On Rare Disease Day, Our Communities Unite as One
Whenever I share that my wife and daughter are both gene-positive for Huntington’s disease (HD), I usually have to explain what the terminal illness is — “Imagine combining Alzheimer’s, Parkinson’s, and ALS in one disease” — and what will happen to them if a cure isn’t found in their lifetimes — “They will suffer a lot.”
Shortly after her diagnosis four years ago, my wife, Jill, decided to stop telling people she doesn’t know very well that she has HD. I’ve mentioned before that I am more open about HD than she is. I don’t mind answering questions, as I feel it’s important to educate people.
Jill is more reserved and doesn’t have the energy to deal with the awkwardness that often comes from explaining HD to others. It’s difficult for her to describe her illness to people who haven’t heard of it, yet those who are familiar with it will often downplay its severity because they don’t know what to say. Jill then feels the need to make the other person feel more comfortable.
It frustrates her to know that one day, people will likely stare because they can’t figure out why she is twitching or making noises. Most people we know don’t understand Huntington’s, so the general population probably won’t, either.
When I asked her how she wished people would respond to her rare disease, Jill didn’t hesitate. When she talks about her diagnosis, she wants people to say, “I am sorry to hear that. If there’s anything I can do to help, please let me know.”
It’s a simple wish, but it would mean the world to her.
Today is Rare Disease Day. On this day, the 300 million people worldwide who suffer from more than 7,000 rare diseases come together as one.
The day unites all rare disease communities. Someone with cystic fibrosis can stand next to someone with Huntington’s disease and speak out as one.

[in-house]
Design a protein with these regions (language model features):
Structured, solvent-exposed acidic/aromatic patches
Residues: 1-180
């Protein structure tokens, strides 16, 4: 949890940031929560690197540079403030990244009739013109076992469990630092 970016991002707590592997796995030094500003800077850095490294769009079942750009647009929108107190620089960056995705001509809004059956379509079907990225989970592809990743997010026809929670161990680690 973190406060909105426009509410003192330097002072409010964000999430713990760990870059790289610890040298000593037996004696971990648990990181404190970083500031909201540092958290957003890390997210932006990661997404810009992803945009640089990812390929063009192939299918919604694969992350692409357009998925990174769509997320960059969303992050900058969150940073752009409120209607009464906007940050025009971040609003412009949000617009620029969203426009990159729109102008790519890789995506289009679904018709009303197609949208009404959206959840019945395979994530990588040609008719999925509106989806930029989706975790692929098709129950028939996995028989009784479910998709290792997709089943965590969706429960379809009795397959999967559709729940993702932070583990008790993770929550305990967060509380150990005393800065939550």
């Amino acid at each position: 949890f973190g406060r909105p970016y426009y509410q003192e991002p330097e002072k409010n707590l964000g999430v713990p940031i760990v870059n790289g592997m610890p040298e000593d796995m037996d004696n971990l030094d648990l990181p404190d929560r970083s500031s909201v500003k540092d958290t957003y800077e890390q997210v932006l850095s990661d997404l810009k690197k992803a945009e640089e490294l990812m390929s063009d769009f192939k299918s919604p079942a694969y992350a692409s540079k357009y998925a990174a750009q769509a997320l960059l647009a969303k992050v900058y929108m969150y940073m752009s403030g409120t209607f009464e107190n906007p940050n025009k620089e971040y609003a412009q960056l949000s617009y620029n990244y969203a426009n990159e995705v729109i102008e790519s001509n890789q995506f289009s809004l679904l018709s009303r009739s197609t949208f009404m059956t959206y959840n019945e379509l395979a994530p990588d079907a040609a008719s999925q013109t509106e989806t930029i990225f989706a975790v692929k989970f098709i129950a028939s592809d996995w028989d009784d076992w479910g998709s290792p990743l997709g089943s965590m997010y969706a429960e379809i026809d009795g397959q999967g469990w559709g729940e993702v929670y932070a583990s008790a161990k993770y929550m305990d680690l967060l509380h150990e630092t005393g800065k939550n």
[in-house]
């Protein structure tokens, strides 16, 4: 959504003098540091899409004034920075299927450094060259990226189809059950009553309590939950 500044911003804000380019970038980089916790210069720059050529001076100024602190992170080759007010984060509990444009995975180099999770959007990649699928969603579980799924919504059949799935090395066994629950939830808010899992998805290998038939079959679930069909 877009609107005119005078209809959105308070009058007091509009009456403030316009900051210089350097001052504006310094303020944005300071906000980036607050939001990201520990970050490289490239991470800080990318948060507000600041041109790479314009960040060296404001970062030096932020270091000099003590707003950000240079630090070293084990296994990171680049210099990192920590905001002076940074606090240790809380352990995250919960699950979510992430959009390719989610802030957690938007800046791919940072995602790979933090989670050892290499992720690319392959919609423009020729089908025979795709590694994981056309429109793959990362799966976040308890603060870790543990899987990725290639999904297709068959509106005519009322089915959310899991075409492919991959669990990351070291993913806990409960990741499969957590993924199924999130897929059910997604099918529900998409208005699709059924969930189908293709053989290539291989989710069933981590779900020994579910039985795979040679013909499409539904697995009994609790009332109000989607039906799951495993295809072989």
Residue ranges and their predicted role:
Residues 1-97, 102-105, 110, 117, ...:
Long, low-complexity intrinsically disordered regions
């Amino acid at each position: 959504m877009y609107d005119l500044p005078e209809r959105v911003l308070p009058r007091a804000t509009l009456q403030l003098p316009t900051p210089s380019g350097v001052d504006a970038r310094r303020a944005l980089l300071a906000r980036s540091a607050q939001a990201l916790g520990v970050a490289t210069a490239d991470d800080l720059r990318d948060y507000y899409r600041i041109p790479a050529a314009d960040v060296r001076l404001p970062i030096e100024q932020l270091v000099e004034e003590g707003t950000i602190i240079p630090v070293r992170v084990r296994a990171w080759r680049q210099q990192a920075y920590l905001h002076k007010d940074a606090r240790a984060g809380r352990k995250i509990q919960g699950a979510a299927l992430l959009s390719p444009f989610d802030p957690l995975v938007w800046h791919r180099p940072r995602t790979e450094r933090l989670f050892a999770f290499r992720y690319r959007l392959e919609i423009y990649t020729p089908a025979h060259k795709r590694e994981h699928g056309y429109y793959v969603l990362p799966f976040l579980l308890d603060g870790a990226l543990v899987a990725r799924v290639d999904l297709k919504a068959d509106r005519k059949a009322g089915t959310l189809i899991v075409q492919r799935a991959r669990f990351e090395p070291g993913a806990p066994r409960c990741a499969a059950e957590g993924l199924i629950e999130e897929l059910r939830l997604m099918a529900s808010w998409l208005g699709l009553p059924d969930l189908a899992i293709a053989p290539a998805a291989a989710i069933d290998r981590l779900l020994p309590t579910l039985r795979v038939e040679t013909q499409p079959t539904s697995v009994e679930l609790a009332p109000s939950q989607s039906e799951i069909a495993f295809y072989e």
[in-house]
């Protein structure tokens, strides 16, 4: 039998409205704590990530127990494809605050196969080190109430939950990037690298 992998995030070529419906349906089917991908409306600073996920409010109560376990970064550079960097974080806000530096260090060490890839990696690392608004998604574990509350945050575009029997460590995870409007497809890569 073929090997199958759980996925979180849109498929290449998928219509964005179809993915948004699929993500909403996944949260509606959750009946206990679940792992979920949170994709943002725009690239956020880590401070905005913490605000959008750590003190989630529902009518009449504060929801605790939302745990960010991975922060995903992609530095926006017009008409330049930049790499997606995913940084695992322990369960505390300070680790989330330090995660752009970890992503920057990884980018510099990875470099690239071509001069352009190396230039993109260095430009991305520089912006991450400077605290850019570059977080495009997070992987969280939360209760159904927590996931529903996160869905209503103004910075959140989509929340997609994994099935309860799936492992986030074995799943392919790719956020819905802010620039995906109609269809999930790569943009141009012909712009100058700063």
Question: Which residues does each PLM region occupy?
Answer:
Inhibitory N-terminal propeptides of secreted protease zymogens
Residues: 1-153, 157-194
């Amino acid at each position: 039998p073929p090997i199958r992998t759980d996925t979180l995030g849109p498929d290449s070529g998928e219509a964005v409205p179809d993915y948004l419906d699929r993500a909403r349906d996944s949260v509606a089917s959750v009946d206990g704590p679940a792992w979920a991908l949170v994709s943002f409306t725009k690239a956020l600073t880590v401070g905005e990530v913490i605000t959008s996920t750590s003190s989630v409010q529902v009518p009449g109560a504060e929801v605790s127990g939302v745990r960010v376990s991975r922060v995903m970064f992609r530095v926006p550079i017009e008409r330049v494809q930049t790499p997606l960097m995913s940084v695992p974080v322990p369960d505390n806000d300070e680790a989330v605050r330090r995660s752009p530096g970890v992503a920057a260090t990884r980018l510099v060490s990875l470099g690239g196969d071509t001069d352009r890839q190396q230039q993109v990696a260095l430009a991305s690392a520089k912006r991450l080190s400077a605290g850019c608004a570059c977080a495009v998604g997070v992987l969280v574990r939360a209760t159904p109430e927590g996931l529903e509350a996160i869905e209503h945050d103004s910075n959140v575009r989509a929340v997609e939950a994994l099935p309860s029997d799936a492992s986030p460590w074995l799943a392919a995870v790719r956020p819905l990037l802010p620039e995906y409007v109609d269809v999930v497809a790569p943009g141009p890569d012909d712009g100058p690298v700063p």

That’s what Rare Disease Day is all about: joining together as one voice to educate and advocate for all of those affected. Our suffering may not be fair, but we are united in asking for equity in healthcare and seeking accelerated approvals of new therapies.
Although this day only comes around once a year, we don’t have to wait to increase awareness, raise money, educate people, or provide emotional support. We can and must make a difference year-round. One day simply isn’t enough for the rare disease community to overcome the physical, financial, and emotional issues we face.
Note: Huntington’s Disease News is strictly a news and information website about the disease. It does not provide medical advice, diagnosis, or treatment. This content is not intended to be a substitute for professional medical advice, diagnosis, or treatment. Always seek the advice of your physician or other qualified health provider with any questions you may have regarding a medical condition. Never disregard professional medical advice or delay in seeking it because of something you have read on this website. The opinions expressed in this column are not those of Huntington’s Disease News or its parent company, BioNews, and are intended to spark discussion about issues pertaining to Huntington’s disease.
Over time I was able to talk more about AADC, but I also understand the frustrations that come along with having to explain it as Jill mentioned. I have crafted a few elevator pitches for different scenarios and also match my mood on that day.
Today and every day, my wife and daughter also stand with your family!
I can imagine how difficult AADC can be to explain, not just because of the medical aspect of it but because of the emotional toll it takes on the person who has it as well as I their loved ones. I wish that there were no conditions that needed explained. Hopefully, one day there will be cures for rare diseases; that’s why Rare Disease day is so important.
You and your family will be in my thoughts and prayers.